However, the reason these problems have not been tackled is mismanagement, bolstered by an absolute lack of transparency or accountability, inexistent job security, and the absence of continuity, institutional memory, alumni relations or a unifying alumni network.
This structural paralysis, in turn, is due to a tyrannical concentration of power in the hands of a few, the Rector and Council members, who generally have no personal experience with, ties to or interest in the University or the field of peace studies.
Ultimately, since UPEACE is unknown globally or even in Costa Rica, its obscurity has allowed its many problems to intensify.
At this point, we need a robust, public conversation.
Over the years, there has been no lack of people within the UPEACE Community who have tried to contribute their rich expertise and promote dialogue to address all of those issues, especially this year. However, the job insecurity and lack of continuity have not allowed people to speak up or have an impact, and UPEACE’s problems have only worsened.
The real, predominant issue is structural – the lack of a standing infrastructure for dialogue.
Through such an infrastructure, the amazing potential of the University could become apparent to its biggest critics.
This would require the Council to empower those who have the knowledge, experience, expertise and interest in UPEACE necessary to make it flourish, allowing UPEACE to become the inspirational example it can be. Instead, egos battle for power and UPEACE’s budding potential withers away because of a lack of proper attention to dialogue.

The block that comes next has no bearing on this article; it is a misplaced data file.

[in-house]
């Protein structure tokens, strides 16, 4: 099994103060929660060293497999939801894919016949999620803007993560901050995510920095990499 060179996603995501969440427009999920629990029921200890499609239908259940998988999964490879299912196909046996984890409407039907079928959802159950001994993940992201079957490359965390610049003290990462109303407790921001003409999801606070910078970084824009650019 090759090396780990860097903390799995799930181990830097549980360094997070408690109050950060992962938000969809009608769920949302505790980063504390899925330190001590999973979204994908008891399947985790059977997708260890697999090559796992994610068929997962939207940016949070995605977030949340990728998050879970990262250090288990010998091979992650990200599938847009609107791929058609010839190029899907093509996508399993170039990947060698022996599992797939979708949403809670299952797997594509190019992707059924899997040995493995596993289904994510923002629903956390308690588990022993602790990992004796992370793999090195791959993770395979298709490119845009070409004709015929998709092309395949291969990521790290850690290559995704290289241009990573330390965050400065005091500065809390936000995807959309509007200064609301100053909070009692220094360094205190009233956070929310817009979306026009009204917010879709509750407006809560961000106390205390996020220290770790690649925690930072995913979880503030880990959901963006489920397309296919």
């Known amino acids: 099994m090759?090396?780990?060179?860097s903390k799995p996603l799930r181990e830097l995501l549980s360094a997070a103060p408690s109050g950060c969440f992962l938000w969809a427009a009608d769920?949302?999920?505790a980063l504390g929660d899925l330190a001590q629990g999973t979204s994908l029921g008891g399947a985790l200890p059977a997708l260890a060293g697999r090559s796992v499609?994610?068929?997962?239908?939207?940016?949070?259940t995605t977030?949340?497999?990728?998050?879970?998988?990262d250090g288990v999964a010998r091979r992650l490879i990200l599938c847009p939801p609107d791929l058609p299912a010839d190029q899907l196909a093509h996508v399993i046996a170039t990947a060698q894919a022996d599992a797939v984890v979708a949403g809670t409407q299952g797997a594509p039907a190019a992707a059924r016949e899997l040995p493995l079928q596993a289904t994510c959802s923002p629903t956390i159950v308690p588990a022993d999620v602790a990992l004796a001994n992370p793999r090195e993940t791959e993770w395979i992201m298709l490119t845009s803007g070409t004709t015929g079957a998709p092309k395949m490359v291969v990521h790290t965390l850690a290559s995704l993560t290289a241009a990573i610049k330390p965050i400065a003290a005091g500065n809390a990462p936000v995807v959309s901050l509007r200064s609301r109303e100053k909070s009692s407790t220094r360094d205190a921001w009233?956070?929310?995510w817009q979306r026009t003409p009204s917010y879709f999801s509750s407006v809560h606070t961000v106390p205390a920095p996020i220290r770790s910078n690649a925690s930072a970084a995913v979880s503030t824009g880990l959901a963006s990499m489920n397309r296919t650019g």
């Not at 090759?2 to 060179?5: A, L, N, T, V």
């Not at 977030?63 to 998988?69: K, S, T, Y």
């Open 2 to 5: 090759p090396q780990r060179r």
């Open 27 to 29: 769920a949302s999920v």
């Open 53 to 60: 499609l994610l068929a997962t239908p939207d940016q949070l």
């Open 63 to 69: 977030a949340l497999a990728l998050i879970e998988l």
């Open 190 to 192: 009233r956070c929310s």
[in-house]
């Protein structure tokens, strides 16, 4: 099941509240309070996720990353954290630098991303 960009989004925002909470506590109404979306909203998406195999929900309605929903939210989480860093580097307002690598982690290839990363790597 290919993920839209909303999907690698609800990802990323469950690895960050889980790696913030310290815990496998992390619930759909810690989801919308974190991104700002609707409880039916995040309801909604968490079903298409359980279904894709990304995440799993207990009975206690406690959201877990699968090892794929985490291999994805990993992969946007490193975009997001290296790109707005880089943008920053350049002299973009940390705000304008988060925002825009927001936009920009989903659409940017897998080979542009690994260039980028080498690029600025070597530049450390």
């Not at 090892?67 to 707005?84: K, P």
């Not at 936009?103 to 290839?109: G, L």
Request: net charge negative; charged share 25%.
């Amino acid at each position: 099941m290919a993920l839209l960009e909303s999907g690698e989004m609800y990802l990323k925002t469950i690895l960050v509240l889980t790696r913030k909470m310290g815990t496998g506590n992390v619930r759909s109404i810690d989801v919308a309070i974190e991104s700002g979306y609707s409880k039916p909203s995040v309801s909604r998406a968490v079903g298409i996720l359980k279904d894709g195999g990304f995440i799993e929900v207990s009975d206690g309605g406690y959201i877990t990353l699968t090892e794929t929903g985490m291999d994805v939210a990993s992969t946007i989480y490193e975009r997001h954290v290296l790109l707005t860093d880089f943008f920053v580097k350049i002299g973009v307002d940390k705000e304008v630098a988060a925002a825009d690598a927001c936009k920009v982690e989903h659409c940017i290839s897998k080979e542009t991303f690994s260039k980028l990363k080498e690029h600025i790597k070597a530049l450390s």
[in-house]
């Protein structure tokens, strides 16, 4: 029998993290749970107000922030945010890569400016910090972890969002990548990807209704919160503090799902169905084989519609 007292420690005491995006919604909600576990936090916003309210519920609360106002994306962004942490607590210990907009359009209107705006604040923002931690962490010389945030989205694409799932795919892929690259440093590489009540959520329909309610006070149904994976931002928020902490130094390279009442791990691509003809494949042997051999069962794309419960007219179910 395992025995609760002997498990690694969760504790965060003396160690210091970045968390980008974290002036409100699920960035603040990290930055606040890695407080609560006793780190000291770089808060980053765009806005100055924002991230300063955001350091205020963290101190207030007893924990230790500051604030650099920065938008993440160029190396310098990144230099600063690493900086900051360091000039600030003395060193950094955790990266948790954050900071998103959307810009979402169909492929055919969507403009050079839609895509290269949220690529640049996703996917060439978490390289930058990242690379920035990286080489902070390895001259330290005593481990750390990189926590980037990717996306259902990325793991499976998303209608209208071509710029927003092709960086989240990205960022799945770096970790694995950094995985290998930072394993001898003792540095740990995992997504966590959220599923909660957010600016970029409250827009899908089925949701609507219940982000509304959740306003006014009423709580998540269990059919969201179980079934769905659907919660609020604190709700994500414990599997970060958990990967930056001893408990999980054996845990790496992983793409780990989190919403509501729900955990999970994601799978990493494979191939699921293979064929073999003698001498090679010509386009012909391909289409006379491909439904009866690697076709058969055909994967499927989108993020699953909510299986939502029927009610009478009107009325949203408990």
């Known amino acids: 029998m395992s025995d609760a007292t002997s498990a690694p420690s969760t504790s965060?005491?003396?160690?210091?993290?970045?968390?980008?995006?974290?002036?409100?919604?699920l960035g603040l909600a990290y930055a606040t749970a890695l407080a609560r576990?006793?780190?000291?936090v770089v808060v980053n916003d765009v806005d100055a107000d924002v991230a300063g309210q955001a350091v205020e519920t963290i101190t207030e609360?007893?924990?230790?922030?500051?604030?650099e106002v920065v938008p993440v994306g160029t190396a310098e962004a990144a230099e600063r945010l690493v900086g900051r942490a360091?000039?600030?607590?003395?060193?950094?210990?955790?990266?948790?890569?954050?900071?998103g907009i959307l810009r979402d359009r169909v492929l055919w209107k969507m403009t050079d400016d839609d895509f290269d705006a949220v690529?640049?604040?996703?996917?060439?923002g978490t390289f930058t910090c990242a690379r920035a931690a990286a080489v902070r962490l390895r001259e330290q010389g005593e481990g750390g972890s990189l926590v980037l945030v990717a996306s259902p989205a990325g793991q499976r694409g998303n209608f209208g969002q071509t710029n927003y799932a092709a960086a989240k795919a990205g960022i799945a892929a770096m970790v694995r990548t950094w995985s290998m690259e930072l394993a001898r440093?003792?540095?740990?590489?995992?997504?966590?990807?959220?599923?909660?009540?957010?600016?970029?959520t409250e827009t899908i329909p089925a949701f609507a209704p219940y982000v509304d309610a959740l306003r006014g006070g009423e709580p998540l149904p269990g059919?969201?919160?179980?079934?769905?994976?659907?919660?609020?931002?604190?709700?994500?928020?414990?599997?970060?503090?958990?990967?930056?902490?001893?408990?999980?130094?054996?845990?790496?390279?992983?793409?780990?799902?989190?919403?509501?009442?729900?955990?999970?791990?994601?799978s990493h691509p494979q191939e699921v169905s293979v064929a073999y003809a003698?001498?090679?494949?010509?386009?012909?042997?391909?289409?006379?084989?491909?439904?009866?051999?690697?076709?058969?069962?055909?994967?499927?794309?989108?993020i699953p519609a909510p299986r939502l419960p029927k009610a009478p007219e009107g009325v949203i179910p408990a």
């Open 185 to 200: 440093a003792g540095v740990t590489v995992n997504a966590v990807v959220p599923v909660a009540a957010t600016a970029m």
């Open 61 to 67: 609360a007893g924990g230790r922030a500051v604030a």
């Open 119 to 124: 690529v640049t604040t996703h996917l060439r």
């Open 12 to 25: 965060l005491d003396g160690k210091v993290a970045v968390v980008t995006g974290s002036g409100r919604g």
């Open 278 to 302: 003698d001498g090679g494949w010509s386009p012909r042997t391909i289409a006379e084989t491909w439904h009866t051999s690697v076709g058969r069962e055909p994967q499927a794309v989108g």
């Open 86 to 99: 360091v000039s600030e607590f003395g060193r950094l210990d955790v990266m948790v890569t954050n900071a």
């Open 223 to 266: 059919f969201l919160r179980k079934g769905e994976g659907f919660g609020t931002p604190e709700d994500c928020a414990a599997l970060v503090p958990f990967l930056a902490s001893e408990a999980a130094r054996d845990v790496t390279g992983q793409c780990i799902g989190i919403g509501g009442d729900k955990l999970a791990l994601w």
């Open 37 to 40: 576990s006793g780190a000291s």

The tension between those attracted to UPEACE by its Mission and those involved with it because of its U.N. origin becomes apparent.
Some of us even wrote our MA theses on the need for an infrastructure for dialogue at UPEACE, and proposed Charter amendments as early as 2009, but those efforts, too, fell on deaf ears.
What has happened in the past academic year is perhaps the last straw in a continual process of neglect of the principle of dialogue that should instead be at the core of UPEACE as an organisation.
Consistent with each graduating class, last year’s students expressed their frustrations with UPEACE through a 63-page report and delivering scathingly honest speeches at graduation.
Special Representative of the UNSG Judy Cheng-Hopkins, Council member Graciana del Castillo and Max Bond of the United Nations University (UNU) unilaterally decided the UPEACE academic programme was to blame.
Admittedly without any background in academia or personal knowledge or experience of UPEACE, Cheng-Hopkins and del Castillo secretly put together a single MA programme to replace all existing MA programmes. They tried to impose this on faculty, shunning any dialogue and threatening to close down the University by depriving it of its U.N. affiliation.
The putative new and unsubstantiated curriculum was leaked to the alumni in July 2014. Numerous letters, online petitions and meetings followed, calling for an open dialogue and decision-making process on an equal footing with other members of the UPEACE Community.